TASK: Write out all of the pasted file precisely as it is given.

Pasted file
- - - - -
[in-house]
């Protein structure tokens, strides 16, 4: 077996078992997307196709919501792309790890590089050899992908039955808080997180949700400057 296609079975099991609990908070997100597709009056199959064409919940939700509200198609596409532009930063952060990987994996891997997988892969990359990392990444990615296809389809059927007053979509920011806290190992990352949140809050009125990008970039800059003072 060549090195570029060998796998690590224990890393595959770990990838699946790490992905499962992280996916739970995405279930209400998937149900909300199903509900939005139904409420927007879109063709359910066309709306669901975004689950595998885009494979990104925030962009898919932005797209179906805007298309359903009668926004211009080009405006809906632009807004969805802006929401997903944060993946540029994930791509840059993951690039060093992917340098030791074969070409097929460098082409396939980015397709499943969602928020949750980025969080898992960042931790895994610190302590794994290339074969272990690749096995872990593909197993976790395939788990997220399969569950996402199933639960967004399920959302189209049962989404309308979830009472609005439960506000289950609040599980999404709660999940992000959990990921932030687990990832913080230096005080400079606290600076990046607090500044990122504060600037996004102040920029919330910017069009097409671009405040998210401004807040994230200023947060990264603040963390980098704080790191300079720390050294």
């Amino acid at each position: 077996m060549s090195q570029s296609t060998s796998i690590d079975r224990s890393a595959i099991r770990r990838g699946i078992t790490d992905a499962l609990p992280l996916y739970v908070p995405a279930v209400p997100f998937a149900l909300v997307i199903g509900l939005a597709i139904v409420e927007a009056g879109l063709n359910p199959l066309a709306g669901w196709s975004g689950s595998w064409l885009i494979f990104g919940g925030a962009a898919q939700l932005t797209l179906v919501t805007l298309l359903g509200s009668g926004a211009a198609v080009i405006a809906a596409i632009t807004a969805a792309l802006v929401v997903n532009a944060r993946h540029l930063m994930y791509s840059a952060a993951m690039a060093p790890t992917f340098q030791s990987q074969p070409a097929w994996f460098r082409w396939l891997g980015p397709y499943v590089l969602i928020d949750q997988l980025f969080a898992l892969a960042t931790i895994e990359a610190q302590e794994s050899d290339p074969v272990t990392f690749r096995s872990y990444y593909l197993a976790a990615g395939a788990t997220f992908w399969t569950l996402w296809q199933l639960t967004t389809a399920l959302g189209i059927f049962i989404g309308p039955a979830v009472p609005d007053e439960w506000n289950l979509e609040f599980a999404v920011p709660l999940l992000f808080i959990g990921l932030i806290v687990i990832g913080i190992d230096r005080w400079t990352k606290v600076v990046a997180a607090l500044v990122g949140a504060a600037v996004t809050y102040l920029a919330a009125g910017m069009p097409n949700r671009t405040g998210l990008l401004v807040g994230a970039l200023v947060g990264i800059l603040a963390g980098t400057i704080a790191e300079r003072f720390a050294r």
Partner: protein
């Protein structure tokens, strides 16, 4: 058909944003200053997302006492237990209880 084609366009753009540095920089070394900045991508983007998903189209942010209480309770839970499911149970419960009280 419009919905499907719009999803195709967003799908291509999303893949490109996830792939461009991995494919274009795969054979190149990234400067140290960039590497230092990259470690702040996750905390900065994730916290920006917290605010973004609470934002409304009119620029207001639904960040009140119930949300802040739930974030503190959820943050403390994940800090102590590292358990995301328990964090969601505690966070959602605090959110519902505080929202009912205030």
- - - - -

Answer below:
[in-house]
């Protein structure tokens, strides 16, 4: 077996078992997307196709919501792309790890590089050899992908039955808080997180949700400057 296609079975099991609990908070997100597709009056199959064409919940939700509200198609596409532009930063952060990987994996891997997988892969990359990392990444990615296809389809059927007053979509920011806290190992990352949140809050009125990008970039800059003072 060549090195570029060998796998690590224990890393595959770990990838699946790490992905499962992280996916739970995405279930209400998937149900909300199903509900939005139904409420927007879109063709359910066309709306669901975004689950595998885009494979990104925030962009898919932005797209179906805007298309359903009668926004211009080009405006809906632009807004969805802006929401997903944060993946540029994930791509840059993951690039060093992917340098030791074969070409097929460098082409396939980015397709499943969602928020949750980025969080898992960042931790895994610190302590794994290339074969272990690749096995872990593909197993976790395939788990997220399969569950996402199933639960967004399920959302189209049962989404309308979830009472609005439960506000289950609040599980999404709660999940992000959990990921932030687990990832913080230096005080400079606290600076990046607090500044990122504060600037996004102040920029919330910017069009097409671009405040998210401004807040994230200023947060990264603040963390980098704080790191300079720390050294």
């Amino acid at each position: 077996m060549s090195q570029s296609t060998s796998i690590d079975r224990s890393a595959i099991r770990r990838g699946i078992t790490d992905a499962l609990p992280l996916y739970v908070p995405a279930v209400p997100f998937a149900l909300v997307i199903g509900l939005a597709i139904v409420e927007a009056g879109l063709n359910p199959l066309a709306g669901w196709s975004g689950s595998w064409l885009i494979f990104g919940g925030a962009a898919q939700l932005t797209l179906v919501t805007l298309l359903g509200s009668g926004a211009a198609v080009i405006a809906a596409i632009t807004a969805a792309l802006v929401v997903n532009a944060r993946h540029l930063m994930y791509s840059a952060a993951m690039a060093p790890t992917f340098q030791s990987q074969p070409a097929w994996f460098r082409w396939l891997g980015p397709y499943v590089l969602i928020d949750q997988l980025f969080a898992l892969a960042t931790i895994e990359a610190q302590e794994s050899d290339p074969v272990t990392f690749r096995s872990y990444y593909l197993a976790a990615g395939a788990t997220f992908w399969t569950l996402w296809q199933l639960t967004t389809a399920l959302g189209i059927f049962i989404g309308p039955a979830v009472p609005d007053e439960w506000n289950l979509e609040f599980a999404v920011p709660l999940l992000f808080i959990g990921l932030i806290v687990i990832g913080i190992d230096r005080w400079t990352k606290v600076v990046a997180a607090l500044v990122g949140a504060a600037v996004t809050y102040l920029a919330a009125g910017m069009p097409n949700r671009t405040g998210l990008l401004v807040g994230a970039l200023v947060g990264i800059l603040a963390g980098t400057i704080a790191e300079r003072f720390a050294r």
Partner: protein
């Protein structure tokens, strides 16, 4: 058909944003200053997302006492237990209880 084609366009753009540095920089070394900045991508983007998903189209942010209480309770839970499911149970419960009280 419009919905499907719009999803195709967003799908291509999303893949490109996830792939461009991995494919274009795969054979190149990234400067140290960039590497230092990259470690702040996750905390900065994730916290920006917290605010973004609470934002409304009119620029207001639904960040009140119930949300802040739930974030503190959820943050403390994940800090102590590292358990995301328990964090969601505690966070959602605090959110519902505080929202009912205030």